This is an engine that’s also offered by the Captur, Mégane and Scenic, but here it comes mated exclusively to a seven-speed dual-clutch automatic gearbox. I appreciate the inclusion of paddle shifters for taking manual control, but I’m expecting the next few months to reveal whether an auto can justify its added expense or I would have been better off opting for a lower-powered manual. It will also be the first non-electric car I’ve run in almost a year and, as much as I’m going to miss being able to charge for free at the office, I’ll be glad to completely forget my range anxiety.
Our Clio is in top-spec RS Line trim, which is inspired by the Renault Sport range – even if there isn’t actually a Clio RS for it to borrow any design elements from. Not yet, anyway. A wider, more aggressive front grille and a faux rear diffuser are purely for visual effect, and the bespoke alloy wheels are no larger than the ones you’ll find on cheaper S Edition trim. The RS Line has the same chassis and suspension set-up as the rest of the Clio line-up, with MacPherson struts up front and a torsion beam at the rear, and the rear drum brakes are another reminder that, slightly peppier engine aside, this is no hot supermini.
RS Line cars are well equipped, though, with a rear-view camera, front and rear parking sensors, a 9.3in touchscreen infotainment system with Android and Apple connectivity and a digital instrument display as standard. The interior also gets a few red trim highlights, some customisable ambient lighting and a leather steering wheel, complete with those shifters. But while Renault says rear leg room has been improved over the previous Clio, it remains lacking compared with the class leaders.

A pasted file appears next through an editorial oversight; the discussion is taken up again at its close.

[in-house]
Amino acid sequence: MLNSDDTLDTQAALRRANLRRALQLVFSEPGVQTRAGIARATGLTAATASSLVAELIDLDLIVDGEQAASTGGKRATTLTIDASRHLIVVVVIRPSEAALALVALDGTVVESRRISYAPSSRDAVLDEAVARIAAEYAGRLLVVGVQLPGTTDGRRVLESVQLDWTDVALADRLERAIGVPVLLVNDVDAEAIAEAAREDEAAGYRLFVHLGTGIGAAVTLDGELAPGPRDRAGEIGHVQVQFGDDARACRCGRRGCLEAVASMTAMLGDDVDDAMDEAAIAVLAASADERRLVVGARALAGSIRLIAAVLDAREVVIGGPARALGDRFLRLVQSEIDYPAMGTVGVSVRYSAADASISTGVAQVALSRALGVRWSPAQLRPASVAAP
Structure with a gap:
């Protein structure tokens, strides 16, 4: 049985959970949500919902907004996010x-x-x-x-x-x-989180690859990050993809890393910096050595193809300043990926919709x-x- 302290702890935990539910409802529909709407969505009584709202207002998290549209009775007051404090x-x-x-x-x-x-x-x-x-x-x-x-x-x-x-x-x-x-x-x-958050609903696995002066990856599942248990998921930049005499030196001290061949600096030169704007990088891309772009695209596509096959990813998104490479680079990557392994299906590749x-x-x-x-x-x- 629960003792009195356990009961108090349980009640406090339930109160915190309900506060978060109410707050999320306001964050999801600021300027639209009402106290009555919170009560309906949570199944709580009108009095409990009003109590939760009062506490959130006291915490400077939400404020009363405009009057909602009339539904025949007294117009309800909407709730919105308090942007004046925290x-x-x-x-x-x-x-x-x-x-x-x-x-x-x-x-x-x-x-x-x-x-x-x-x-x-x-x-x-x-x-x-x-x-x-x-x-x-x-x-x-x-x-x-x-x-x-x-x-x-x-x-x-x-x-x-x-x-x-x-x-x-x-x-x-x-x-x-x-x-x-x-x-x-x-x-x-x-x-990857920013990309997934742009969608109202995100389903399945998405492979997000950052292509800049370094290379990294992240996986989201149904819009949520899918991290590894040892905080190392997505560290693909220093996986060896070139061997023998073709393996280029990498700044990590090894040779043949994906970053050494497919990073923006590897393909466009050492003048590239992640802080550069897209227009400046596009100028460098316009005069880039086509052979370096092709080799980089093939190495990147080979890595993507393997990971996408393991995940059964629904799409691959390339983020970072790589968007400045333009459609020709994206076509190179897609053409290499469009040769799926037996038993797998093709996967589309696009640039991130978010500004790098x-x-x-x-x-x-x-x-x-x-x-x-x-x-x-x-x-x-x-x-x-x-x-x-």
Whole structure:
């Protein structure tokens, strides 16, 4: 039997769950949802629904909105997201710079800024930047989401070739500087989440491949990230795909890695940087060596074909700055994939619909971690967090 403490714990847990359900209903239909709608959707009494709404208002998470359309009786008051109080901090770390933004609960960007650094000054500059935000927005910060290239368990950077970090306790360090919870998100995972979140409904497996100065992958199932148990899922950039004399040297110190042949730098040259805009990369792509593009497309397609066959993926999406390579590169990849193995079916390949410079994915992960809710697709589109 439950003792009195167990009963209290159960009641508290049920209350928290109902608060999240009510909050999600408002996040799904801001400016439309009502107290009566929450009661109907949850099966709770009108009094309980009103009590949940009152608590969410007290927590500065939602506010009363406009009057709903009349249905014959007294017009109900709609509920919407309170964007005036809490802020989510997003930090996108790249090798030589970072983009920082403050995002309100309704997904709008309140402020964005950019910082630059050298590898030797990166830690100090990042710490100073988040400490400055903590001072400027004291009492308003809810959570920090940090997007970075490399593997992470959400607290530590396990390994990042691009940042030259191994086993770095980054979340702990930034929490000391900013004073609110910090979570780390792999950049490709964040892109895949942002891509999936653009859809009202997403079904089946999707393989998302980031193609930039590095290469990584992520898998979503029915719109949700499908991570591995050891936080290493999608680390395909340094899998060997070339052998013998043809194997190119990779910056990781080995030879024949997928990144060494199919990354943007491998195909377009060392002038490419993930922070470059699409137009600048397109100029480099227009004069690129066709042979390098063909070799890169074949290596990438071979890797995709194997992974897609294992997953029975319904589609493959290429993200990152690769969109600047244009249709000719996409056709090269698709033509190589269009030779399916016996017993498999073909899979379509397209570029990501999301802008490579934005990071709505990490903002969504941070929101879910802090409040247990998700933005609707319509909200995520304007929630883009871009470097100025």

Options fitted include the vibrant Iron Blue paint (it should be a rule that superminis must come in bright hues) and the Techno Pack, which adds a 360deg parking camera, Multi-Sense configurable driving modes, wireless phone charging and a hands-free parking system. The biggest question will be if this Clio can justify its £21,655 list price, which puts it directly up against the entry-level Ford Fiesta ST. Renault’s tempting PCP finance deals mean Ford’s miniature hot hatch is likely to set you back around £100 more per month, but given the RS badges, I’m hoping there’s at least a little driver engagement to be found here.
Since taking delivery, I’ve managed only a handful of journeys, although thankfully the gradual relaxing of lockdown restrictions meant these could be for more than just going to my local supermarket.
I’m already appreciating the Clio’s overhauled interior, with soft-touch plastics and the much-improved front seating position making it an all-round nicer place to be, and all-round drivability has so far proved perfectly enjoyable.
Will the rather restricted rear seat space and the automatic gearbox prove to be sticking points? I’ll be sure to report on that once there are a few more miles on the clock.
Last year’s road test of the Clio Mk5 exposed a supermini that wasn’t quite as idiosyncratically ‘French’ as its predecessors. The previously soft-edged ride has been traded for a more mature set of road manners, while its handling responses are sharper and more direct than ever. The result is a car that’s perhaps not quite as distinctive as it once was but is immediately more well-rounded and, potentially, marketable.